Destined for Oscars, Destroyed by Box Office

Some movies are bad, some are horrible, and some magically take us beyond merely horrible, into a wretched limbo that’s part fascination and part agony. Naturally, movies with terrible storylines, childish graphics, and emotionless actors are flayed mercilessly by critics and buried six feet under. And this would almost definitely result in a loss at the box office. There are also movies that have big budgets (and thus no real excuse for shortcomings), but end up being a flop: The Lone Ranger, 47 Ronin, John Carter. Then there’s another kind of movie altogether – well-acclaimed, but still becomes an unexpected box office failure.  


  1. The BFG


Also touted as “Steven Spielberg’s box office bomb”, Walt Disney’s BFG was released on 21st July with splendid ratings from critics – scoring 4 out of 5 stars from The Guardian and 73% on Rotten Tomatoes. Despite its reviews, the film went on to gross a worldwide total of just $165.3 million, against a production budget of $140 million.

This has led many to question if Spielberg has lost his “box office touch”. After all, he did only have one other flop – 1941 – understandable, seeing that it was critically trashed. Most would expect an award-winning director known for his time-tested box office record and solid reviews coupled with Disney, one of the most successful studios ever, to strike a formidable partnership. That expectation though was not reciprocated by the almighty revenue figures.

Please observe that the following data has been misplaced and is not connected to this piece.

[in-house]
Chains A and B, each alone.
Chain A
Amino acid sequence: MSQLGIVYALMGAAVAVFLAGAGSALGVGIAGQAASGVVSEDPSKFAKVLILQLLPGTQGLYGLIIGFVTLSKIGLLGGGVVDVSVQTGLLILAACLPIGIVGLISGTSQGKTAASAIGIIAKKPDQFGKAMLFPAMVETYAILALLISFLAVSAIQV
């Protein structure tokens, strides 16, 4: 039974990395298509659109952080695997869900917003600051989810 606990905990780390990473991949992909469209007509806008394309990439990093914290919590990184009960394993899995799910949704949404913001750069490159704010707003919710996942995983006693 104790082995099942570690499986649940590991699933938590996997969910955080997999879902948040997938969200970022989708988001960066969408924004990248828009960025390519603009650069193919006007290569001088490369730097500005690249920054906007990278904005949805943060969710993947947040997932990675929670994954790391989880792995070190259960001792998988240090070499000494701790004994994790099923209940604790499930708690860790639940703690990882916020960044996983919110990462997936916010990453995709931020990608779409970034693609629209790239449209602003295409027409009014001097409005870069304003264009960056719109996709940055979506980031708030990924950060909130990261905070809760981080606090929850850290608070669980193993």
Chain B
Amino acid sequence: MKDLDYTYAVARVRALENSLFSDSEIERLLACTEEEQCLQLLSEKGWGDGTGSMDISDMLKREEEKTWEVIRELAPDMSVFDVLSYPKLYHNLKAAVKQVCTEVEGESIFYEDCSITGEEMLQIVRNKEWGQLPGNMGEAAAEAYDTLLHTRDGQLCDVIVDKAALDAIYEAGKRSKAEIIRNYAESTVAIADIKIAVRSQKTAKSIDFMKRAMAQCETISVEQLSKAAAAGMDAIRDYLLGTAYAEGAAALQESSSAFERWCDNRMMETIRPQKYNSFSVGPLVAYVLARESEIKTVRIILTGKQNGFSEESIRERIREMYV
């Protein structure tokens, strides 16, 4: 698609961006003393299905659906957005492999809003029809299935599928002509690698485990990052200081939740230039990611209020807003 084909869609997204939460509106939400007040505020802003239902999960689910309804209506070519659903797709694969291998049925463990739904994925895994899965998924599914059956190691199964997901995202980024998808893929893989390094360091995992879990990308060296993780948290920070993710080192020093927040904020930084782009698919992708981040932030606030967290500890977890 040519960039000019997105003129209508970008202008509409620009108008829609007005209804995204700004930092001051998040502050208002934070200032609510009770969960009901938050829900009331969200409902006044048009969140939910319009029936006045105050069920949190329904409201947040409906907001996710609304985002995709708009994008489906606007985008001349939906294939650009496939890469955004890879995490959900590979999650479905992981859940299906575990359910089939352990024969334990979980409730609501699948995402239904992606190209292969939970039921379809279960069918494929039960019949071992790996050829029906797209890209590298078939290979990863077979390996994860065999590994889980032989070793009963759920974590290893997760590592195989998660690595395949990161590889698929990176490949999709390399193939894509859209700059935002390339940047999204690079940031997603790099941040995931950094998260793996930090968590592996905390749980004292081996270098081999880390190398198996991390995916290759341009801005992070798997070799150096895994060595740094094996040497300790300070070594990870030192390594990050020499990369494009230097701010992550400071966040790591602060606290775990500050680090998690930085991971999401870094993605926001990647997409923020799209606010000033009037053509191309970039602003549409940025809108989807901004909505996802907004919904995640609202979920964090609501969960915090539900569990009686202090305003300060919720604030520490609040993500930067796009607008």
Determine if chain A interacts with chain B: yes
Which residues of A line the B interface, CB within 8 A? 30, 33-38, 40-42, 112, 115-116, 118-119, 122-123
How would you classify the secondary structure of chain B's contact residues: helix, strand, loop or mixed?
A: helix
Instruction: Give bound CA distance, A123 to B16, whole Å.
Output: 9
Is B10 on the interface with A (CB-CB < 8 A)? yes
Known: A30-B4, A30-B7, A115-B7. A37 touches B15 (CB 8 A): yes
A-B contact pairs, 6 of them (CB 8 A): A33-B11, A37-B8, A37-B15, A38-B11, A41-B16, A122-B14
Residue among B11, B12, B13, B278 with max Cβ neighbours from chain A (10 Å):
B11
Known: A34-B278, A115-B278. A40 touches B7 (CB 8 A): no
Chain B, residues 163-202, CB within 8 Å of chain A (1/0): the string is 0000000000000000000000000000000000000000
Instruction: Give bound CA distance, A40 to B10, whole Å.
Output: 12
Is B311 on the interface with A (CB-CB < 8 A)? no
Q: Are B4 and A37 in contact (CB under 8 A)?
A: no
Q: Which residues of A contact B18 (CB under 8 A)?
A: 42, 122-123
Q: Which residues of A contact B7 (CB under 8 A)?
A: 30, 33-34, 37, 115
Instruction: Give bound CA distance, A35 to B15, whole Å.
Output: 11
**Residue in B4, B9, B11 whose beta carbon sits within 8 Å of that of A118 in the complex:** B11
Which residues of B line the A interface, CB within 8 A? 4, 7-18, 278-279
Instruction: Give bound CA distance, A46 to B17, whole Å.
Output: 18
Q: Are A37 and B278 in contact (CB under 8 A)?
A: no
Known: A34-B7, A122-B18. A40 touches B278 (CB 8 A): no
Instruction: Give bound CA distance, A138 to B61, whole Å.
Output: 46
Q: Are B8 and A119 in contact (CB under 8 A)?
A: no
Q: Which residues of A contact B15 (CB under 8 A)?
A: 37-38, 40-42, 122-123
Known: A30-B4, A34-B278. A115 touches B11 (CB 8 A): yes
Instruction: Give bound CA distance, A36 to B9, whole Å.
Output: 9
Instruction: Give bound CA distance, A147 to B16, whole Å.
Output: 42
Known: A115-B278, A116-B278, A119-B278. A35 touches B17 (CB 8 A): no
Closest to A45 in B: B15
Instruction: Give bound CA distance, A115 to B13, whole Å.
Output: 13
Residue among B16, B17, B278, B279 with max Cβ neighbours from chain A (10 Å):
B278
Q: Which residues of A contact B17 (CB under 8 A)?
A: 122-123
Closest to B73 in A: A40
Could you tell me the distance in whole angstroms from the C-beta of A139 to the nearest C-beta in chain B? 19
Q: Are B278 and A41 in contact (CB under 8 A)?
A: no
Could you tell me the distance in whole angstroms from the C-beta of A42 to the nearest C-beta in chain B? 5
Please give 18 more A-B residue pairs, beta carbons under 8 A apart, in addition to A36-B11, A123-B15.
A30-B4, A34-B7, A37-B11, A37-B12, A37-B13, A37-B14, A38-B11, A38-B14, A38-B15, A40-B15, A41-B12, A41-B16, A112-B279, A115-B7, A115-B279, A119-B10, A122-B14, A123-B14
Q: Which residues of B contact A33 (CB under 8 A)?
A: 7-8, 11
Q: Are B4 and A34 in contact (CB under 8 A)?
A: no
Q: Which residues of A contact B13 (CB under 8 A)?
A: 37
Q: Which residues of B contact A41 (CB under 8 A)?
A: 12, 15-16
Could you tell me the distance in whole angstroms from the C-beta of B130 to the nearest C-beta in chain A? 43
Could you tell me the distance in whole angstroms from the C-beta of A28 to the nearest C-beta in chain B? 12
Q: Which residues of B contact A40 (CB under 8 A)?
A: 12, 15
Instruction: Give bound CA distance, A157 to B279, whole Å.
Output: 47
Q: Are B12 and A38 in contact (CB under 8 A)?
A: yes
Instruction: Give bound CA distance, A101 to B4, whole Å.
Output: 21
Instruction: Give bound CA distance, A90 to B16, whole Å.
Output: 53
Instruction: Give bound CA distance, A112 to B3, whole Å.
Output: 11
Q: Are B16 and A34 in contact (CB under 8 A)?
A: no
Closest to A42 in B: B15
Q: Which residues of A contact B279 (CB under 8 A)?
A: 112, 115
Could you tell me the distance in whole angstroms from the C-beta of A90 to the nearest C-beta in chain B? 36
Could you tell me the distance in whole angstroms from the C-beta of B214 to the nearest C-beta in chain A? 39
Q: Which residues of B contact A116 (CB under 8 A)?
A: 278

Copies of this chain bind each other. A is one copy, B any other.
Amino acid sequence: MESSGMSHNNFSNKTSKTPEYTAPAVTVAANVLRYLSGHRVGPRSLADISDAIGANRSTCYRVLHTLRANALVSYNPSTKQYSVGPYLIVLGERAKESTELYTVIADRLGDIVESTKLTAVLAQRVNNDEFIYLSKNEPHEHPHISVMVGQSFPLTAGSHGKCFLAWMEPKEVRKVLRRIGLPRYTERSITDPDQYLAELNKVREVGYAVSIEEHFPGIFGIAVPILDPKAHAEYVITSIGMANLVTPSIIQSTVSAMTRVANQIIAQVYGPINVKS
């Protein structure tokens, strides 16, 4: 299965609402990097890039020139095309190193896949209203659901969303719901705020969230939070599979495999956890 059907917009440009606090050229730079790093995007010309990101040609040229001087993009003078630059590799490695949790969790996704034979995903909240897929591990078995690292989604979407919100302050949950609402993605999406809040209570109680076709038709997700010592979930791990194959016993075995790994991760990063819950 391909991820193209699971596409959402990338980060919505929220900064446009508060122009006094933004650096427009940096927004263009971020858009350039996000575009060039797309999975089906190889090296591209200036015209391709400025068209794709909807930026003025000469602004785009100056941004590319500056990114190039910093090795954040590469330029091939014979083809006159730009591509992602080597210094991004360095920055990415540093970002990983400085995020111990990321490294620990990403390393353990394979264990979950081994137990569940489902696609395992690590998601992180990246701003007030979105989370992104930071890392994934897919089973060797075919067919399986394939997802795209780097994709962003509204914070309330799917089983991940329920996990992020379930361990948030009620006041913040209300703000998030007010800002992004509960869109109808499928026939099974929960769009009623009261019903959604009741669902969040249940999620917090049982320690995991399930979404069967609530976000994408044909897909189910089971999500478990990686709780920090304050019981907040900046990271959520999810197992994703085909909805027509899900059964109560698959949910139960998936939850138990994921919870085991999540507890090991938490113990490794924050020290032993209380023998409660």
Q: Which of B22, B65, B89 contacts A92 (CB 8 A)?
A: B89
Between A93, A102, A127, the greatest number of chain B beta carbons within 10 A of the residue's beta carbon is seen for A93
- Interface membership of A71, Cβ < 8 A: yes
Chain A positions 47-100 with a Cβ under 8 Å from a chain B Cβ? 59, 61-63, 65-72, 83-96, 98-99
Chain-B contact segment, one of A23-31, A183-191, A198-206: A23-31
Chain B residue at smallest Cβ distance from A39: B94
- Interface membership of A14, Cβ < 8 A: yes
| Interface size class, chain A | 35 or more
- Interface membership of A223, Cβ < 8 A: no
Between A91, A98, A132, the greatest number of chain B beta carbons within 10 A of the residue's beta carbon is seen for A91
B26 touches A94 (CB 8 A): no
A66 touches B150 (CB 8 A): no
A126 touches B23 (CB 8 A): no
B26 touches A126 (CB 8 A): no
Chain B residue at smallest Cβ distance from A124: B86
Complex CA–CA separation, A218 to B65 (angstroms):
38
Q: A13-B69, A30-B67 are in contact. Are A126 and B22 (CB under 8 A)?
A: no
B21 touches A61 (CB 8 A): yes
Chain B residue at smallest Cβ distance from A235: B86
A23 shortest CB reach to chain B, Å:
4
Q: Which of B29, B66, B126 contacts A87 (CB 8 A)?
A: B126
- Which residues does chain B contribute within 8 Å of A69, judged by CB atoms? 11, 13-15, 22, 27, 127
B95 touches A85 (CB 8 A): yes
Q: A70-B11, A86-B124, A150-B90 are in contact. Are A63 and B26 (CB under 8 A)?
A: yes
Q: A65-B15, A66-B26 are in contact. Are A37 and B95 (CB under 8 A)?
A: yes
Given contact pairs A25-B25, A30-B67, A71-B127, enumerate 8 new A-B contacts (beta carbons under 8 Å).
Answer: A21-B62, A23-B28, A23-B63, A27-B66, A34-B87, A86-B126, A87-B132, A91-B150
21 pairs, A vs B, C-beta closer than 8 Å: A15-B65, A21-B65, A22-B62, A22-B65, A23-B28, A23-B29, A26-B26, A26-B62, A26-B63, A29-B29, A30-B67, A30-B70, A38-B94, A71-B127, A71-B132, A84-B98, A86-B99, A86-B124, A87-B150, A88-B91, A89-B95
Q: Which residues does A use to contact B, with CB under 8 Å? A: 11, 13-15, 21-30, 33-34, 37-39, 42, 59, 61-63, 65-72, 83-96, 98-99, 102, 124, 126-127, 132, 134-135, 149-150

1.    Hugo

The legendary Martin Scorsese’s Hugo wowed critics, received eleven Academy Award nominations (winning 5), and earned Scorsese his third Golden Globe for Best Director. Unfortunately, it grossed only $185 million at the box office against a budget of $150–$170 million, making it a box office bomb.

With a 94% rating on Rotten Tomatoes, film buffs and audiences alike will be wondering why this masterpiece didn’t receive the monetary accolades it so deserved. Not that Scorsese needs it though, he did sell us the Wolf of Wall Street.


  1. The Shawshank Redemption  

IMDB’s highest rated film of all time and the movie that critics adored with all their hearts grossed a mere $16 million against a budget of $25 million. The film contained every element needed to be a hit: great storyline, masterful direction, and impressive acting. Plus, Stephen King who has had many successful film adaptations – The Shining, Pet Sematary, Stand By Me – even considers it to be one of his favourite film adaptations based on his work. And still, it flopped. There really is no accounting for taste.